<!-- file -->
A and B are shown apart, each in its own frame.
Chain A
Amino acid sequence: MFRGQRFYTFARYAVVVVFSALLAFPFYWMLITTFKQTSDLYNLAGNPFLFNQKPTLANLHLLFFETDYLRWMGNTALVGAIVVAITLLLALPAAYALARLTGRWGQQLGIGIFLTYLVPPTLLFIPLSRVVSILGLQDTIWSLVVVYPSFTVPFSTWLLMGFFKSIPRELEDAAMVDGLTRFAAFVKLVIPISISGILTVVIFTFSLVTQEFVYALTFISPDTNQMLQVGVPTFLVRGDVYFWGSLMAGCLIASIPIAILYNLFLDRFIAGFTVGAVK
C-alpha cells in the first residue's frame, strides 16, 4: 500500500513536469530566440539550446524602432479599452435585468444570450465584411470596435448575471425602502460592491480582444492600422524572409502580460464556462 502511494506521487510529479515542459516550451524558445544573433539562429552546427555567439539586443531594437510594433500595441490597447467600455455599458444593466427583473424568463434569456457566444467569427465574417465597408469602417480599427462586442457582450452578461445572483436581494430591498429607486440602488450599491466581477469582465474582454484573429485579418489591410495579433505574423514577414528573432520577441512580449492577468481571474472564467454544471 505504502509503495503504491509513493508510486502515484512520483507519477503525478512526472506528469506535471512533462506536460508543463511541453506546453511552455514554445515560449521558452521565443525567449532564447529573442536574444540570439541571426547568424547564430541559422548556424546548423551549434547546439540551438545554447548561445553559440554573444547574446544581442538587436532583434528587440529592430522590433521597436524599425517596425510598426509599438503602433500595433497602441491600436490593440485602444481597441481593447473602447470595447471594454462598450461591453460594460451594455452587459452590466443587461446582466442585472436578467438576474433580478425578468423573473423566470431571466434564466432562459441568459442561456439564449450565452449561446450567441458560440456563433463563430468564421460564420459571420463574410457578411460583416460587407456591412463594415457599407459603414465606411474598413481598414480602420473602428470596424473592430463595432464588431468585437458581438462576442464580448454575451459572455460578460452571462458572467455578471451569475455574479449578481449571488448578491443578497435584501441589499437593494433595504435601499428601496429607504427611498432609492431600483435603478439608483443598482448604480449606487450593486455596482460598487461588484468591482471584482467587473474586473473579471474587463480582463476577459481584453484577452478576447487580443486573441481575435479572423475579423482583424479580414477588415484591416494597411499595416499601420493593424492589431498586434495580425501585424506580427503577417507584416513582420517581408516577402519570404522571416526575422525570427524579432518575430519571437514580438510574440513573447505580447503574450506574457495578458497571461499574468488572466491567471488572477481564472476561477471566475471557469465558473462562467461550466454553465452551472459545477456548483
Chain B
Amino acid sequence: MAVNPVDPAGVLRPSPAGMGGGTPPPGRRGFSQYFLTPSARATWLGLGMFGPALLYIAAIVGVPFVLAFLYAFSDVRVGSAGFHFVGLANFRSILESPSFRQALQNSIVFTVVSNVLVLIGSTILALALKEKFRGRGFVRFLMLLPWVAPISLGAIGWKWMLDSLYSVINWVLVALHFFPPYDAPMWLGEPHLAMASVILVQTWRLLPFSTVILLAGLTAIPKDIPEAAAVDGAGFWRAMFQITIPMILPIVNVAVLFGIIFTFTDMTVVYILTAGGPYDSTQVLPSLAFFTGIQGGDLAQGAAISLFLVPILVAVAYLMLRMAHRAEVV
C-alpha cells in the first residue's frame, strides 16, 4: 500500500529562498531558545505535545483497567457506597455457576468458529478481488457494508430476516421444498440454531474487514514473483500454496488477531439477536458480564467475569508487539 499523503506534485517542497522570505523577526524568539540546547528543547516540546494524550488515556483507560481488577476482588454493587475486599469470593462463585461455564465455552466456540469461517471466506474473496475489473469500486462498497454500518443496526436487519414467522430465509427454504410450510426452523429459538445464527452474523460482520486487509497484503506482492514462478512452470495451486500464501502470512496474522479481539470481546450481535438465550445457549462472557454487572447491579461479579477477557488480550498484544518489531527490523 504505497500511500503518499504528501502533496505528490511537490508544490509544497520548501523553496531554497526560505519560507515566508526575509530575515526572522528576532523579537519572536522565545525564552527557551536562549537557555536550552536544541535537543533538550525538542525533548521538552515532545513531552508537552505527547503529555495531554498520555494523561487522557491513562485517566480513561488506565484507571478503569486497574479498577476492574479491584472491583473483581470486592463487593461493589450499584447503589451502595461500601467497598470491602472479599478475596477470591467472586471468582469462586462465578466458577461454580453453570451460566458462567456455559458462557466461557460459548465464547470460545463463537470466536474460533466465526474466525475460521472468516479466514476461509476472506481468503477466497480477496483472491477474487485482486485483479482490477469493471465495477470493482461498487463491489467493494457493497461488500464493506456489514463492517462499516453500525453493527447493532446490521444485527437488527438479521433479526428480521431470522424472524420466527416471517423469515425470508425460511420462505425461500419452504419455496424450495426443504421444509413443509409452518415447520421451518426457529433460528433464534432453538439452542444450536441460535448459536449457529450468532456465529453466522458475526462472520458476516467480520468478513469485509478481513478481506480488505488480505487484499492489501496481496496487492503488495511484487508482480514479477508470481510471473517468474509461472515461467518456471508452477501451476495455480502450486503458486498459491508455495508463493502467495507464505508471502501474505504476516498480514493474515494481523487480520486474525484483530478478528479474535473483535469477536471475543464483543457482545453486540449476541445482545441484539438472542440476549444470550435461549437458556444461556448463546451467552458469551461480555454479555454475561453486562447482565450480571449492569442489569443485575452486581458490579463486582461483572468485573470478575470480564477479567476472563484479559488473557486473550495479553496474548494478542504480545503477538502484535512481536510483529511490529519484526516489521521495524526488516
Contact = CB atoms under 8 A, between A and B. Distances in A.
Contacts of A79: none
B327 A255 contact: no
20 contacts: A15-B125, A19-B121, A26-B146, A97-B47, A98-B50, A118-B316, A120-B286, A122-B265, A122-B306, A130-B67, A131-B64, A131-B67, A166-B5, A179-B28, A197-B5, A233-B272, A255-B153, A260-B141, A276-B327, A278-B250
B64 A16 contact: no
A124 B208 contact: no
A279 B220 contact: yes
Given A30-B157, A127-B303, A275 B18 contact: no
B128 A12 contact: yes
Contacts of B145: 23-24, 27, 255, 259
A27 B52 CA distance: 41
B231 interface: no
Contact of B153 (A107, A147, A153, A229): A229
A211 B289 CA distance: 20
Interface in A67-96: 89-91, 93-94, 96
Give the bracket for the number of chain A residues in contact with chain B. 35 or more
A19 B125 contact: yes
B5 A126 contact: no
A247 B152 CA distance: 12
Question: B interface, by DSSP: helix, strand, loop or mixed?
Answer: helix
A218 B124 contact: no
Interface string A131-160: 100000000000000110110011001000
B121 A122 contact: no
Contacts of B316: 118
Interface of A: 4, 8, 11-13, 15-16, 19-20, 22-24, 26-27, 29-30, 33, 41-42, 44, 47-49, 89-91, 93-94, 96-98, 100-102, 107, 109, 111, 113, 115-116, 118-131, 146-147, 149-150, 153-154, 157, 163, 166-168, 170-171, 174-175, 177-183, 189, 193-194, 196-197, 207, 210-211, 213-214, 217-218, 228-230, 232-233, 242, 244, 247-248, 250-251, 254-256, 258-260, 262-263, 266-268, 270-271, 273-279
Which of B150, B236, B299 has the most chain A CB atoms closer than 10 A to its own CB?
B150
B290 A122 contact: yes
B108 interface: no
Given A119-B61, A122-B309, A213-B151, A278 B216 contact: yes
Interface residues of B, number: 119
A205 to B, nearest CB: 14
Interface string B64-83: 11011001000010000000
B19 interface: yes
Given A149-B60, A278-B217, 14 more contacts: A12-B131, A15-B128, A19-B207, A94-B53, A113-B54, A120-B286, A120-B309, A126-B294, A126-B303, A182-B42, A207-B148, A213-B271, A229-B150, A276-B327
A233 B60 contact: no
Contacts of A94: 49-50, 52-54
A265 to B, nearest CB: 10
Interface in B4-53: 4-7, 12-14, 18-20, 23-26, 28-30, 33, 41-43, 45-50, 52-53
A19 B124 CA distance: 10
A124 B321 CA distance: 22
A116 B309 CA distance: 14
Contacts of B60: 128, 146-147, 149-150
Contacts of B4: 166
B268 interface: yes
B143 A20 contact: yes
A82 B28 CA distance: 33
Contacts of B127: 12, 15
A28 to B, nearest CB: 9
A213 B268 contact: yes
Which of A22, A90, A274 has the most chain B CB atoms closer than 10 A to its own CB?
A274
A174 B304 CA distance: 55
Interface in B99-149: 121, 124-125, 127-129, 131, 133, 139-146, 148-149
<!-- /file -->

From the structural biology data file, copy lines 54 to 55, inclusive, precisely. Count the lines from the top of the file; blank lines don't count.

B143 A20 contact: yes
A82 B28 CA distance: 33